A Comparison of the Histories of the Development of Incremental and Radical Innovations: A View from Pharma-Biotech: An Abstract
In hi-tech industries such as Pharma-Biotech, firms are becoming more and more specialized in their innovation capabilities such that it is becoming less and less likely that any one firm is able to independently develop a truly innovative new product. The current research will employ qualitative research methods to investigate two questions: (a) Is the path for the development of radically innovative qualitative different from the development of incrementally innovative products in industries with high technological turbulence such as the Pharma-Biotech industry? (b) Are there any systematic differences in the governance structures employed in the management of interfirm relationships in the development of radical innovations and incremental innovations?
This research uses Thomson Reuters’s product Cortellis Competitive Intelligence as its primary data source. This resource is the industry standard for all drug development and pipeline activity information in the Pharma-Biotech industry. After securing the rights to use the database, we narrowed our search using the following process: We designated the innovativeness of the products based on the type of FDA review these drugs received (c.f. Sorescu et al. 2003; Aboulnasr et al. 2008). New-to-the-world molecules or biological entities that received a priority review (this included statuses such as Accelerated Approval and Fast Track statuses) were classified as radical innovations. Already existing molecules or biological entities that were repurposed and received a standard review were classified as incremental innovations. This resulted in the classification of 139 products as radical innovations, 390 as technological breakthroughs, 10 as market breakthroughs, and 113 as incremental innovations. Next, all the development histories (qualitative) data on the development of radical and incremental innovations were gleaned. Given the exploratory goals of this research and the thinly developed state of knowledge in exploring the path dependencies in product development and innovation outcomes, a grounded theory approach seemed appropriate to analyze the data.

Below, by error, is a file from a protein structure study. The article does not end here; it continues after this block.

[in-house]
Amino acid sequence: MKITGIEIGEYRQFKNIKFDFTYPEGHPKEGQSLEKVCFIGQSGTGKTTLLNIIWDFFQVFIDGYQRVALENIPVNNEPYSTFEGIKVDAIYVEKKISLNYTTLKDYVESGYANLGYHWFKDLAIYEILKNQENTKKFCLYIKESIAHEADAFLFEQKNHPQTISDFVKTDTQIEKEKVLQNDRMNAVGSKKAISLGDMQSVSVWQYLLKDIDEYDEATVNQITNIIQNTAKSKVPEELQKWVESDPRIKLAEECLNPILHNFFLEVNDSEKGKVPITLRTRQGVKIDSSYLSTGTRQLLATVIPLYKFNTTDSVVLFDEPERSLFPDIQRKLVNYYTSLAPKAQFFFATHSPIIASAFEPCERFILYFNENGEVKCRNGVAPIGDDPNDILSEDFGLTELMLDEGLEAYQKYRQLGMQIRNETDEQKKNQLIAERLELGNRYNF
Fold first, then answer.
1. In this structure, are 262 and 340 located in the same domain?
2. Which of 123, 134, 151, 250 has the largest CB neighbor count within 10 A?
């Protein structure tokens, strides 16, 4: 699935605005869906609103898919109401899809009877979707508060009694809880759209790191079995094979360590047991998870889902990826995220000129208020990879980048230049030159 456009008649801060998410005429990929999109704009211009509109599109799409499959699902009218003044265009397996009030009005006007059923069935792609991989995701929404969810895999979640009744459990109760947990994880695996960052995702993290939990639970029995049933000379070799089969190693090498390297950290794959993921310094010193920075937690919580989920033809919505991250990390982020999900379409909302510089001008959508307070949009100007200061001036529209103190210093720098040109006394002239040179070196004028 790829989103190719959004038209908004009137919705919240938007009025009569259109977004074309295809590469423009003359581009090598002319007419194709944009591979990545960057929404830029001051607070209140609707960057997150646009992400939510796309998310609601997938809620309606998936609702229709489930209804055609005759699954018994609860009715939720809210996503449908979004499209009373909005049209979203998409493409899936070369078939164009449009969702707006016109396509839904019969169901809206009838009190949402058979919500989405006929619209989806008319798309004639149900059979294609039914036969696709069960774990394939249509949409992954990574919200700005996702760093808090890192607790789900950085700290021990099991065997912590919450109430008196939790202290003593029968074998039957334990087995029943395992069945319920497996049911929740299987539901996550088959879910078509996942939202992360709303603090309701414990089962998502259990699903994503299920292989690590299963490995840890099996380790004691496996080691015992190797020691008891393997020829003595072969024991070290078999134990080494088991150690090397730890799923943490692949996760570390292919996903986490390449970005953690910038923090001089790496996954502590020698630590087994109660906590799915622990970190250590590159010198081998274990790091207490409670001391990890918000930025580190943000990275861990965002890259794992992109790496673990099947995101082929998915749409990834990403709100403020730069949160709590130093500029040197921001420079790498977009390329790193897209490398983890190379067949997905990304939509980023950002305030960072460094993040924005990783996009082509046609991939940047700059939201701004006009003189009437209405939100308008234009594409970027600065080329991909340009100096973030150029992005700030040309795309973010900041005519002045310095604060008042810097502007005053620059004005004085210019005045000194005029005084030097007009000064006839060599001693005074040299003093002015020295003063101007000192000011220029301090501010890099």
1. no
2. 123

One theme in path dependency that has emerged early is the involvement of universities in the discovery of radically innovative (as opposed to incrementally innovative) products. Universities were involved in 40 discoveries as opposed to the 9 for incrementally innovative products. There also appear to be more firms involved in the discovery and development of radical innovations. For instance, quantitatively speaking, the average number of entities involved in the development of incremental products was 3.3 and 12.8 for radical products. There also appear to be more complex deal structures and more milestones and payments in the development of radical innovations as opposed to incremental products. For instance, radical drugs appear to be first licensed and then acquired more often than incremental innovations which are most often licensed. In other words, radical (incremental) innovations appear to be the product of more (fewer) interfirm partnerships that combine market rules and hierarchical governance in that order.
References Available Upon Request